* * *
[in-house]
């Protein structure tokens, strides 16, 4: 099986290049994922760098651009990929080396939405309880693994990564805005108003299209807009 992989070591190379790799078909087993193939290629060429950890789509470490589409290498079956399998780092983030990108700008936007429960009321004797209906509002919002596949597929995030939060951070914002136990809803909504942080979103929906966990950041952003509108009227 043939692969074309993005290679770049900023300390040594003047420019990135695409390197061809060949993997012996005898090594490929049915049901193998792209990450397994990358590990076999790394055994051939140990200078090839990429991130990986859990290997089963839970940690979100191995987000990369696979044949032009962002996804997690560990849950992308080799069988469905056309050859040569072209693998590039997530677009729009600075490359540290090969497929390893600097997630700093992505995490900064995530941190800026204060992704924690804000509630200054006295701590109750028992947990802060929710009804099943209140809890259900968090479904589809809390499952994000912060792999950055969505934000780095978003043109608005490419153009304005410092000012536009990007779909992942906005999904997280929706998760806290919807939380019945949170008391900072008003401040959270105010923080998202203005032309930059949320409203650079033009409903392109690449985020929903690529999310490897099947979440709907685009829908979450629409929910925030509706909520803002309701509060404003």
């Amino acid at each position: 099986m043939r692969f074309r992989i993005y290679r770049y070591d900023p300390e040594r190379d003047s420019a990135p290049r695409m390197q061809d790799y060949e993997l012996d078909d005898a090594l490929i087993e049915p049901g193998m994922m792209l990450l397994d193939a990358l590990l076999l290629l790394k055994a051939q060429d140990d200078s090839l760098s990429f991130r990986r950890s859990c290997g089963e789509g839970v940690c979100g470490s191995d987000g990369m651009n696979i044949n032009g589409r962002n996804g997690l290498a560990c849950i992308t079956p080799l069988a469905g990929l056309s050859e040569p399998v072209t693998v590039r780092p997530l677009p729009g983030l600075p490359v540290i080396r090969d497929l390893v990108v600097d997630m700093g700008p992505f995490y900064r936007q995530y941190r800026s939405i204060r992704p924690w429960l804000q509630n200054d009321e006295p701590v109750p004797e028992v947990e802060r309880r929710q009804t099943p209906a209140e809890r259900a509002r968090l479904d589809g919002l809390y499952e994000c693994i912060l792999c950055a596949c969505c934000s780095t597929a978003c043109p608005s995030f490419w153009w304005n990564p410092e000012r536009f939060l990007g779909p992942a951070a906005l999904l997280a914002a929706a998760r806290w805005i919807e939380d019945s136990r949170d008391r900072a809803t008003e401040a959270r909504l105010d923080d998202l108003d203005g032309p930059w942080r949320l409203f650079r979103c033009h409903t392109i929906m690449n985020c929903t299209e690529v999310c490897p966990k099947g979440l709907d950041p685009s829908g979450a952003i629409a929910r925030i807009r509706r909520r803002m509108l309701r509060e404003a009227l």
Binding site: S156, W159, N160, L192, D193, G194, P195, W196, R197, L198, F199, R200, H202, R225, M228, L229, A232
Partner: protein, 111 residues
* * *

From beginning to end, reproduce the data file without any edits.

[in-house]
């Protein structure tokens, strides 16, 4: 099986290049994922760098651009990929080396939405309880693994990564805005108003299209807009 992989070591190379790799078909087993193939290629060429950890789509470490589409290498079956399998780092983030990108700008936007429960009321004797209906509002919002596949597929995030939060951070914002136990809803909504942080979103929906966990950041952003509108009227 043939692969074309993005290679770049900023300390040594003047420019990135695409390197061809060949993997012996005898090594490929049915049901193998792209990450397994990358590990076999790394055994051939140990200078090839990429991130990986859990290997089963839970940690979100191995987000990369696979044949032009962002996804997690560990849950992308080799069988469905056309050859040569072209693998590039997530677009729009600075490359540290090969497929390893600097997630700093992505995490900064995530941190800026204060992704924690804000509630200054006295701590109750028992947990802060929710009804099943209140809890259900968090479904589809809390499952994000912060792999950055969505934000780095978003043109608005490419153009304005410092000012536009990007779909992942906005999904997280929706998760806290919807939380019945949170008391900072008003401040959270105010923080998202203005032309930059949320409203650079033009409903392109690449985020929903690529999310490897099947979440709907685009829908979450629409929910925030509706909520803002309701509060404003």
């Amino acid at each position: 099986m043939r692969f074309r992989i993005y290679r770049y070591d900023p300390e040594r190379d003047s420019a990135p290049r695409m390197q061809d790799y060949e993997l012996d078909d005898a090594l490929i087993e049915p049901g193998m994922m792209l990450l397994d193939a990358l590990l076999l290629l790394k055994a051939q060429d140990d200078s090839l760098s990429f991130r990986r950890s859990c290997g089963e789509g839970v940690c979100g470490s191995d987000g990369m651009n696979i044949n032009g589409r962002n996804g997690l290498a560990c849950i992308t079956p080799l069988a469905g990929l056309s050859e040569p399998v072209t693998v590039r780092p997530l677009p729009g983030l600075p490359v540290i080396r090969d497929l390893v990108v600097d997630m700093g700008p992505f995490y900064r936007q995530y941190r800026s939405i204060r992704p924690w429960l804000q509630n200054d009321e006295p701590v109750p004797e028992v947990e802060r309880r929710q009804t099943p209906a209140e809890r259900a509002r968090l479904d589809g919002l809390y499952e994000c693994i912060l792999c950055a596949c969505c934000s780095t597929a978003c043109p608005s995030f490419w153009w304005n990564p410092e000012r536009f939060l990007g779909p992942a951070a906005l999904l997280a914002a929706a998760r806290w805005i919807e939380d019945s136990r949170d008391r900072a809803t008003e401040a959270r909504l105010d923080d998202l108003d203005g032309p930059w942080r949320l409203f650079r979103c033009h409903t392109i929906m690449n985020c929903t299209e690529v999310c490897p966990k099947g979440l709907d950041p685009s829908g979450a952003i629409a929910r925030i807009r509706r909520r803002m509108l309701r509060e404003a009227l």
Binding site: S156, W159, N160, L192, D193, G194, P195, W196, R197, L198, F199, R200, H202, R225, M228, L229, A232
Partner: protein, 111 residues